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Wauters, G. Veereman1; Staelens, S.1; Van Den Driessche, M.2; Barclay, D.3; Faessler, A. Carrie3; Haschke, F.4; Verbeke, K.5; Van de Broek, H.6; Slootmaekers, V.6; Allegaert, K.7; Van Overmeire, B.8; Van Damme, M.9

Journal of Pediatric Gastroenterology and Nutrition: June 2004 - Volume 39 - Issue - p S40
ABSTRACTS: Oral Presentation Abstracts

1Pediatric Gastroenterology and Nutrition, Queen Paola Children s Hospital AZ Middelheim, Antwerp,2Nestle, Belgilux, Brussels, Belgium,3Nestec, RD, Lausanne, Switzerland,4Infant Nutrition, Nestle, Frankfurt, Germany,5Laboratory Digestion and Absorption, KUL, Leuven,6Neonatal Intensive Care Unit, Queen Paola Children s Hospital AZ Middelheim, Antwerp,7Neonatal Intensive Care Unit, UZ Gasthuisberg, Leuven,8Neonatal Intensive Care Unit, University Hospital,9Neonatology Unit, Erasmus AZ Middelheim, Antwerp, Belgium

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Introduction: Data on GE are lacking for various types of infant formulas. The aims of this double blind randomized study were to assess GE in infants fed an intact protein, a partially hydrolysed & an extensively hydrolysed formula (Nan1, Nan HA1 & Experimental Formula, Nestlé) and to compare GE data with reference values for breast milk (1).

Methods: Twenty healthy newborns (6 boys) were investigated, after parental consent. The infants had a mean gestational age of 37 wks (28–40 wks) and a birth weight of 2698g (720–3690g). At enrollment, mean age was 4 wks 3 d (range 6 d-13 wks) and mean weight was 3466g (2100–5700g). The 13C-octanoic acid (OA) breath test was used to assess GE of the 3 formulas fed in random order at 2-d intervals. A symptom diary was kept. Test meals were given after a fasting period of at least 3 hrs. After 2 basal breath samples, one of the 13C OA labeled infant formulas was administered and breath samples collected every 15 min over the next 4 hrs. Analysis of breath samples for 13C-enrichment was performed using isotope-ratio mass spectrometry and the GE curve and half emptying time (t1/2) was determined.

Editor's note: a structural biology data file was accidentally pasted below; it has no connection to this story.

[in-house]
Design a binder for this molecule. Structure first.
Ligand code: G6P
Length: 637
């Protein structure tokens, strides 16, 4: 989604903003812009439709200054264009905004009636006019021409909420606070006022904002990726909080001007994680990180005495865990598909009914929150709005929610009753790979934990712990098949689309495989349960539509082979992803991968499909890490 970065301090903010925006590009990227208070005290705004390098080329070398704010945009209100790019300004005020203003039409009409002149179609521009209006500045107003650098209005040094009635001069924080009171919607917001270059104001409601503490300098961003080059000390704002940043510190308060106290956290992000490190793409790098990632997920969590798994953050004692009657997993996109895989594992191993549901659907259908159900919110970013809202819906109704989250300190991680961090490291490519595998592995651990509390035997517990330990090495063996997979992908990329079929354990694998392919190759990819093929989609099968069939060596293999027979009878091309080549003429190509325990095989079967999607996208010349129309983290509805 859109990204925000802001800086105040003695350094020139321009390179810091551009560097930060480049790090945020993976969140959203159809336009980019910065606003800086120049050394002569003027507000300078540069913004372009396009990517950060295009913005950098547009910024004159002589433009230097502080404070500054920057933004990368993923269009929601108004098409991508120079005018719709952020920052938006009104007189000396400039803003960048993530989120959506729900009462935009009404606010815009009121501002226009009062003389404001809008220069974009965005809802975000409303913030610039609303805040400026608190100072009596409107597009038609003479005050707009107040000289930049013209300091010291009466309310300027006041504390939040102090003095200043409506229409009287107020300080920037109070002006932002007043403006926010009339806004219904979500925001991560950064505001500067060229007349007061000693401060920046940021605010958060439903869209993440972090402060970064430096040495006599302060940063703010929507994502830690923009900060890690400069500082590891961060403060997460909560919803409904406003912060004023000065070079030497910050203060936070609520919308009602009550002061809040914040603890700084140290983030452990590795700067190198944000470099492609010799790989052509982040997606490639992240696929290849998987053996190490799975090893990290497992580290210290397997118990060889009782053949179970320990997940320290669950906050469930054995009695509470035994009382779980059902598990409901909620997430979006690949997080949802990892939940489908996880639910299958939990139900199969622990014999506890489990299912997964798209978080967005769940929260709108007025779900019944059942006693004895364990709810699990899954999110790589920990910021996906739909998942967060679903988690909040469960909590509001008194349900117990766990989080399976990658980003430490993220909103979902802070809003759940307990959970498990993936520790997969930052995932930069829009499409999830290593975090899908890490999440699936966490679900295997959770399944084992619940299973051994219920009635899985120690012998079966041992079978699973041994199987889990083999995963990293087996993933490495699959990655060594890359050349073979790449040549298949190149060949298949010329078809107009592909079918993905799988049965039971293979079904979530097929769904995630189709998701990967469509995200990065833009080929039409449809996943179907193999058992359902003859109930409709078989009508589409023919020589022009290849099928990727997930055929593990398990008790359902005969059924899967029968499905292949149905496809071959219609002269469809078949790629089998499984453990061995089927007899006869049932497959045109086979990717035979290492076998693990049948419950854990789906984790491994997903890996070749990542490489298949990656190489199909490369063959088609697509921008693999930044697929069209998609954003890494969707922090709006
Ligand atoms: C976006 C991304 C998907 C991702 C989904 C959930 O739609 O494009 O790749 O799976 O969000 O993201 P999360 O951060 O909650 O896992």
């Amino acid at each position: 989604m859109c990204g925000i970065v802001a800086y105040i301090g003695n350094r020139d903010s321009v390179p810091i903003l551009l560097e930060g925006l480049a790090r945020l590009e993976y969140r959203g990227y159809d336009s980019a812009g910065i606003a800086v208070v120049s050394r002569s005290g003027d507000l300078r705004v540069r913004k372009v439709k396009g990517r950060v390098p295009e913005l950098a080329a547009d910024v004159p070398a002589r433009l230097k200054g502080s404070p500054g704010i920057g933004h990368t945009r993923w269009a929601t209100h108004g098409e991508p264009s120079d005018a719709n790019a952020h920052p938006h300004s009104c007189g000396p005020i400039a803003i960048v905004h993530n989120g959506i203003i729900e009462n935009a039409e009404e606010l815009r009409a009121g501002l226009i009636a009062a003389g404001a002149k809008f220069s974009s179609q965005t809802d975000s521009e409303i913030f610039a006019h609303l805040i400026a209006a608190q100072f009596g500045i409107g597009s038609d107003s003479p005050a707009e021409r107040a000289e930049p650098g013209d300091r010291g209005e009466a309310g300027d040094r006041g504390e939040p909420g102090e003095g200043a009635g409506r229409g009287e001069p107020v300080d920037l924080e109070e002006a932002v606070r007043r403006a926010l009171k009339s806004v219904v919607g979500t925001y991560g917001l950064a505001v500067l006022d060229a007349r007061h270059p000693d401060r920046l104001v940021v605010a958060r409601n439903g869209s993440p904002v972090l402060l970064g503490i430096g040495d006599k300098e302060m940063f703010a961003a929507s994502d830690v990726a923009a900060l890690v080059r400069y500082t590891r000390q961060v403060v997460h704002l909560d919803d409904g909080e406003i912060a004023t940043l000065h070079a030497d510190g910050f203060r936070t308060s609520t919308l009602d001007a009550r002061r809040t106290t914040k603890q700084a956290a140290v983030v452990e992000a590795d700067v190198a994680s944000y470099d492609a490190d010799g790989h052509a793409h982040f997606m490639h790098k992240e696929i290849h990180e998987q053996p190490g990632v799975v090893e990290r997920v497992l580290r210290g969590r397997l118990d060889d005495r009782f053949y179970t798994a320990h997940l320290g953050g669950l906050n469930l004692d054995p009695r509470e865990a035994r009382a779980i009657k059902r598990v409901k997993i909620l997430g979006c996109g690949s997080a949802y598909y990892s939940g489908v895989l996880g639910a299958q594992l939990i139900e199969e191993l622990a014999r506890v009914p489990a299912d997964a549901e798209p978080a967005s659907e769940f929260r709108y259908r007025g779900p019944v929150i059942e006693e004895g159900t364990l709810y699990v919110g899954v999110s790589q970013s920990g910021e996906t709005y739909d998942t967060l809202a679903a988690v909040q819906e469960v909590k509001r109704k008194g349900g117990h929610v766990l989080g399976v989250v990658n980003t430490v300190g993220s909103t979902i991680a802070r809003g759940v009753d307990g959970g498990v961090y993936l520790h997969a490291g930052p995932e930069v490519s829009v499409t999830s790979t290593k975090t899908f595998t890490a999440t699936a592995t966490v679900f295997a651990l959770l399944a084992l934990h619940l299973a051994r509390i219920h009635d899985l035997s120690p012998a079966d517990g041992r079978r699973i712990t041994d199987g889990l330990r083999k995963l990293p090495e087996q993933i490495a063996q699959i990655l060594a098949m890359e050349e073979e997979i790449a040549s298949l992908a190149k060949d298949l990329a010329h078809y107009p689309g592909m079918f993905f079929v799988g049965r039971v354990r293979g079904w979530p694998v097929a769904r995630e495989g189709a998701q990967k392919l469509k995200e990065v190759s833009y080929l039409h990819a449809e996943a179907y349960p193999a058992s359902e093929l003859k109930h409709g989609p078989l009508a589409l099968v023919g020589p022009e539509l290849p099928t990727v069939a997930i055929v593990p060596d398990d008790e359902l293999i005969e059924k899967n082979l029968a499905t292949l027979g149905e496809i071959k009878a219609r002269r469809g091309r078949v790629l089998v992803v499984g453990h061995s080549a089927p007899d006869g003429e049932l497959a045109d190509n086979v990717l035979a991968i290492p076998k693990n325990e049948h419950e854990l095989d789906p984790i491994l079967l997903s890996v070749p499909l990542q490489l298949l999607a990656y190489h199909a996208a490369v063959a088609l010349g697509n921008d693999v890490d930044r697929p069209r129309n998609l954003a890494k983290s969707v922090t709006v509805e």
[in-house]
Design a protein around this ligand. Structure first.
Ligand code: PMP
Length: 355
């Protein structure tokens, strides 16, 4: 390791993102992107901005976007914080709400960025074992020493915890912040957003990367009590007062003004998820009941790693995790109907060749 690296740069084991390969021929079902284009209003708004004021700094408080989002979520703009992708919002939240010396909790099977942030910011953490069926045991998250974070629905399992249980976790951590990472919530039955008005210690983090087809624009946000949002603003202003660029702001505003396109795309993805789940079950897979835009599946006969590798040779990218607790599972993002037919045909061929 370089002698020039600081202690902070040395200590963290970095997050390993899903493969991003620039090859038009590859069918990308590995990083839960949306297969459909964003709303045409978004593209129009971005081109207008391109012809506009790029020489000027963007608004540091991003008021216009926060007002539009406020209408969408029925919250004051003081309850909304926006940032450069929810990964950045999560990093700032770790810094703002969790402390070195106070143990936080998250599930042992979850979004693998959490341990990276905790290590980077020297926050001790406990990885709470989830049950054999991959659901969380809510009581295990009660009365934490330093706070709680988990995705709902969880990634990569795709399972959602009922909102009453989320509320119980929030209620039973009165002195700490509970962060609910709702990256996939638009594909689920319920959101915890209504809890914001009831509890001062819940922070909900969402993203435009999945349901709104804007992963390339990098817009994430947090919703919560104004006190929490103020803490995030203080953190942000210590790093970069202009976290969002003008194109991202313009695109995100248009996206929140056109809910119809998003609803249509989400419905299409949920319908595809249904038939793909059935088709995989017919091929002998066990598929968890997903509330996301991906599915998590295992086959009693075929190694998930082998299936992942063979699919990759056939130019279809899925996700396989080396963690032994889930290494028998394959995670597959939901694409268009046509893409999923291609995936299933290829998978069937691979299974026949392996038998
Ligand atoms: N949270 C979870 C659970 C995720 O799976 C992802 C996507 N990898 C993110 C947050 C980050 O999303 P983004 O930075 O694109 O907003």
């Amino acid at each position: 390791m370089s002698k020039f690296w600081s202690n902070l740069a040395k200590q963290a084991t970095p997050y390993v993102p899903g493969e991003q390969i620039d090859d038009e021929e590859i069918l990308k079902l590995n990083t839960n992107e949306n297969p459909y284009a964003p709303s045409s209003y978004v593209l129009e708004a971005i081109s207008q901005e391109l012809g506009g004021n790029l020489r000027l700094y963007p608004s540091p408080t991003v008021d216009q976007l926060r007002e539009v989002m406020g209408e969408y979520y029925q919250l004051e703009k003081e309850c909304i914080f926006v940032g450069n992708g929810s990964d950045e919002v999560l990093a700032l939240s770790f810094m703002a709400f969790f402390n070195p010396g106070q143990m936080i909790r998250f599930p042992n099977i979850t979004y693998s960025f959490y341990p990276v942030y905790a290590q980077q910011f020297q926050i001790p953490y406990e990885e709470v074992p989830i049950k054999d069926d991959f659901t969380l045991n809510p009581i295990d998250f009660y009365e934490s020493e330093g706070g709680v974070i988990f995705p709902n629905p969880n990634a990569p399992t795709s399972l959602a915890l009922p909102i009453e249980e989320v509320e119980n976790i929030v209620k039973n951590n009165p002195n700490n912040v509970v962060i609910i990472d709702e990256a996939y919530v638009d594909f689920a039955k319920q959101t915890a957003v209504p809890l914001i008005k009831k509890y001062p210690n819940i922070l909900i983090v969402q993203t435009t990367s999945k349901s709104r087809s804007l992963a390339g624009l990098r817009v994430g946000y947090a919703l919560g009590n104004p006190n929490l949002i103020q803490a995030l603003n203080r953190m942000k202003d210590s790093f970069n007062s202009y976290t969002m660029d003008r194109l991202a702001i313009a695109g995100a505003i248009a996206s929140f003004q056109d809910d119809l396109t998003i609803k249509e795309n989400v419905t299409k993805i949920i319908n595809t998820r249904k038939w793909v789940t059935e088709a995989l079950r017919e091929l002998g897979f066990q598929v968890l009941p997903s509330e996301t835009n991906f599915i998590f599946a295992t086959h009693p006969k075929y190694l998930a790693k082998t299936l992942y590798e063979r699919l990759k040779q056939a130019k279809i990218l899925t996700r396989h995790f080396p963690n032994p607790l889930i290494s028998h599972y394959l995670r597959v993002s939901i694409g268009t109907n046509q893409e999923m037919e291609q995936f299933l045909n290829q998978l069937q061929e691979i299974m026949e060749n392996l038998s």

Results: The extensively hydrolysed formula (t1/2 mean±SD: 45±16 min) emptied significantly faster than both the intact (75±58 min; p=.002) and partially hydrolysed (58±21 min; p=.032) formulas. There was no significant difference between GE of the partially hydrolysed and intact formula (p=0.31). In comparison to GE of breast milk (mean t1/2±SD: 47±18 min) in a different study group (1), the extensively hydrolysed formula emptied faster (14%), the partially hydrolysed and intact protein formula slower (11% & 22%)(not significant). In these healthy infants, no differences in stool patterns, cramping and vomiting were recorded after receiving the various formulas (p=0.48–0.84).

Conclusion: In healthy infants, GE of an extensively hydrolysed formula is significantly faster than that of a partial hydrolysate, an intact protein formula and even breast milk. The potential therapeutic applications of this important feature remain to be studied in infants with feeding intolerance.

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Van Den Driessche et al. JPGN 1999;29:46.
© 2004 Lippincott Williams & Wilkins, Inc.